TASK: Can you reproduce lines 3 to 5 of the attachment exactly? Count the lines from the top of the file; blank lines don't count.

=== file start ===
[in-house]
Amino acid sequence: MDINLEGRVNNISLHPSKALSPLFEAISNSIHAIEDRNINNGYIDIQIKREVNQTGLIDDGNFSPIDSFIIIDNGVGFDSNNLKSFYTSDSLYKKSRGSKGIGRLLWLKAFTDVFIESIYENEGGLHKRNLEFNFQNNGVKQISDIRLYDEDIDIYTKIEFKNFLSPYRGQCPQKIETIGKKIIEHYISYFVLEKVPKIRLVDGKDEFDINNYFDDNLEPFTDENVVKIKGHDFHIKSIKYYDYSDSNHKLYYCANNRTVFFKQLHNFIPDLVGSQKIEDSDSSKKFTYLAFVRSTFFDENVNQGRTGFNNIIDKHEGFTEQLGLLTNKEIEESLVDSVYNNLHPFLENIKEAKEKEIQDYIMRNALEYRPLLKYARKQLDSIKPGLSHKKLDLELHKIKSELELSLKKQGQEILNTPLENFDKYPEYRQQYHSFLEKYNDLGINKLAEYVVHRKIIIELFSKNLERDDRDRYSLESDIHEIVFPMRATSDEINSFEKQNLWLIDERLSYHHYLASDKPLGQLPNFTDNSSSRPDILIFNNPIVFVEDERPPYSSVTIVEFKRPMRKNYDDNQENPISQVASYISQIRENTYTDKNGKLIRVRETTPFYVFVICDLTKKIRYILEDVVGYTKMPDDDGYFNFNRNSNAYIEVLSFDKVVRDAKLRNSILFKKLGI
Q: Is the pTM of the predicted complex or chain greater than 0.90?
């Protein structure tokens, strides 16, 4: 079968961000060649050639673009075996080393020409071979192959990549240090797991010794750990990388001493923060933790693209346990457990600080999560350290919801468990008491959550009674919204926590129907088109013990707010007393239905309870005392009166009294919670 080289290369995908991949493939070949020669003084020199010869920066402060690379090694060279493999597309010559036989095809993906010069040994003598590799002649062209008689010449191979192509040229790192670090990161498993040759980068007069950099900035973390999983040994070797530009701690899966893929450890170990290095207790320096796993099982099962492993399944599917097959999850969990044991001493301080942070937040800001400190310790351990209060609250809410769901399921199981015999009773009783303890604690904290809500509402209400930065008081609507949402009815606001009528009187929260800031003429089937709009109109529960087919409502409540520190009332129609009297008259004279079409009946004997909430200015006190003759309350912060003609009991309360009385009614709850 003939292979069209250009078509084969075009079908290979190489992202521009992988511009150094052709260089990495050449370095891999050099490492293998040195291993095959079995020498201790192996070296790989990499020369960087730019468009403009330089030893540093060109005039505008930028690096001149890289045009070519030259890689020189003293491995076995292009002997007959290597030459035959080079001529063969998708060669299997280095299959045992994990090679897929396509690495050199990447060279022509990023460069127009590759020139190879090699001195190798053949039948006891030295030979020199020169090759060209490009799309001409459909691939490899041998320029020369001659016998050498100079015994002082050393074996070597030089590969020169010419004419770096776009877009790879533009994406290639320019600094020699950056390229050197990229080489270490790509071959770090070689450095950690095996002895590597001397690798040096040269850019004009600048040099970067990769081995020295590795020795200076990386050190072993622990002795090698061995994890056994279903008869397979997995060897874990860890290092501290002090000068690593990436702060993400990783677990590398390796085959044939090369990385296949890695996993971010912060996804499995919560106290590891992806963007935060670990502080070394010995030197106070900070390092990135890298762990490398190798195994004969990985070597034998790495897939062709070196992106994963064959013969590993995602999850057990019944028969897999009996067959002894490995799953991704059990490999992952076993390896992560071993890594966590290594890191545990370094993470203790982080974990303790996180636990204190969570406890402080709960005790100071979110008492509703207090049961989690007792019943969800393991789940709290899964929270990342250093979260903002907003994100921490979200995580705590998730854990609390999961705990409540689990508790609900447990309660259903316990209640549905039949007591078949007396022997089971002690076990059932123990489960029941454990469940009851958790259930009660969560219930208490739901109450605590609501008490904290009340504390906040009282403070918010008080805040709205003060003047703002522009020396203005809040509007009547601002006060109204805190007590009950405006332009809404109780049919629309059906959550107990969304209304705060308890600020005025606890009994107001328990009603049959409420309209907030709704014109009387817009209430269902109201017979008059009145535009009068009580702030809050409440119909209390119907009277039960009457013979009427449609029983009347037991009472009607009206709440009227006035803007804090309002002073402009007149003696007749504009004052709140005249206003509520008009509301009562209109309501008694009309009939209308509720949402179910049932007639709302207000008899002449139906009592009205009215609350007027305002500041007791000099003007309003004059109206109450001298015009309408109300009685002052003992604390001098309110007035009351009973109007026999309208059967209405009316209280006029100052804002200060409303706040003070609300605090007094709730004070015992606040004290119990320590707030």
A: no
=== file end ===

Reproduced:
Q: Is the pTM of the predicted complex or chain greater than 0.90?
């Protein structure tokens, strides 16, 4: 079968961000060649050639673009075996080393020409071979192959990549240090797991010794750990990388001493923060933790693209346990457990600080999560350290919801468990008491959550009674919204926590129907088109013990707010007393239905309870005392009166009294919670 080289290369995908991949493939070949020669003084020199010869920066402060690379090694060279493999597309010559036989095809993906010069040994003598590799002649062209008689010449191979192509040229790192670090990161498993040759980068007069950099900035973390999983040994070797530009701690899966893929450890170990290095207790320096796993099982099962492993399944599917097959999850969990044991001493301080942070937040800001400190310790351990209060609250809410769901399921199981015999009773009783303890604690904290809500509402209400930065008081609507949402009815606001009528009187929260800031003429089937709009109109529960087919409502409540520190009332129609009297008259004279079409009946004997909430200015006190003759309350912060003609009991309360009385009614709850 003939292979069209250009078509084969075009079908290979190489992202521009992988511009150094052709260089990495050449370095891999050099490492293998040195291993095959079995020498201790192996070296790989990499020369960087730019468009403009330089030893540093060109005039505008930028690096001149890289045009070519030259890689020189003293491995076995292009002997007959290597030459035959080079001529063969998708060669299997280095299959045992994990090679897929396509690495050199990447060279022509990023460069127009590759020139190879090699001195190798053949039948006891030295030979020199020169090759060209490009799309001409459909691939490899041998320029020369001659016998050498100079015994002082050393074996070597030089590969020169010419004419770096776009877009790879533009994406290639320019600094020699950056390229050197990229080489270490790509071959770090070689450095950690095996002895590597001397690798040096040269850019004009600048040099970067990769081995020295590795020795200076990386050190072993622990002795090698061995994890056994279903008869397979997995060897874990860890290092501290002090000068690593990436702060993400990783677990590398390796085959044939090369990385296949890695996993971010912060996804499995919560106290590891992806963007935060670990502080070394010995030197106070900070390092990135890298762990490398190798195994004969990985070597034998790495897939062709070196992106994963064959013969590993995602999850057990019944028969897999009996067959002894490995799953991704059990490999992952076993390896992560071993890594966590290594890191545990370094993470203790982080974990303790996180636990204190969570406890402080709960005790100071979110008492509703207090049961989690007792019943969800393991789940709290899964929270990342250093979260903002907003994100921490979200995580705590998730854990609390999961705990409540689990508790609900447990309660259903316990209640549905039949007591078949007396022997089971002690076990059932123990489960029941454990469940009851958790259930009660969560219930208490739901109450605590609501008490904290009340504390906040009282403070918010008080805040709205003060003047703002522009020396203005809040509007009547601002006060109204805190007590009950405006332009809404109780049919629309059906959550107990969304209304705060308890600020005025606890009994107001328990009603049959409420309209907030709704014109009387817009209430269902109201017979008059009145535009009068009580702030809050409440119909209390119907009277039960009457013979009427449609029983009347037991009472009607009206709440009227006035803007804090309002002073402009007149003696007749504009004052709140005249206003509520008009509301009562209109309501008694009309009939209308509720949402179910049932007639709302207000008899002449139906009592009205009215609350007027305002500041007791000099003007309003004059109206109450001298015009309408109300009685002052003992604390001098309110007035009351009973109007026999309208059967209405009316209280006029100052804002200060409303706040003070609300605090007094709730004070015992606040004290119990320590707030």
A: no